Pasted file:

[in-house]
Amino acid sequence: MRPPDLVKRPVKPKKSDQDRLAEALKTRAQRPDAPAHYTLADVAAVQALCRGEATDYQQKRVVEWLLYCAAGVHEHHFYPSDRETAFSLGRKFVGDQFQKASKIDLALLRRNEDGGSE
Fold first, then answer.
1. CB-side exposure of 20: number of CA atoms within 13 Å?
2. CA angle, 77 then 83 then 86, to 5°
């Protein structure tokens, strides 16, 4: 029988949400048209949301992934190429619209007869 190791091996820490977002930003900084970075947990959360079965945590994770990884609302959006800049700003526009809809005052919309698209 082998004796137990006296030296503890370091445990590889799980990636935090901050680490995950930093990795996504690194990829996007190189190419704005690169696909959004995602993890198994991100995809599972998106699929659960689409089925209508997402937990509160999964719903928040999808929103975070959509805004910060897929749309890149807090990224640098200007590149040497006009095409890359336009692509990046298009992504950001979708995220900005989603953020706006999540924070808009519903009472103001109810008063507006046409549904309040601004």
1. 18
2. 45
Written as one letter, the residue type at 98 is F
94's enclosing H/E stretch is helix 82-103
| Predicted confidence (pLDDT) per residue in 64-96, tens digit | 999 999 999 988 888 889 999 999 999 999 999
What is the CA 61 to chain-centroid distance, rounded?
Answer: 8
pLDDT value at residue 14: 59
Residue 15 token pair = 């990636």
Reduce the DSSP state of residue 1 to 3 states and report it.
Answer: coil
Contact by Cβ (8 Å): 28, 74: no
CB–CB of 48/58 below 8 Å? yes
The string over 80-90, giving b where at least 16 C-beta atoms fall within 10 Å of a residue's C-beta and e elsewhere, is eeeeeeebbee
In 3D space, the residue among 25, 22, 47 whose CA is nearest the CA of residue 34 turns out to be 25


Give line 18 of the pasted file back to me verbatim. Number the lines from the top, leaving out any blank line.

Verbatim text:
Contact by Cβ (8 Å): 28, 74: no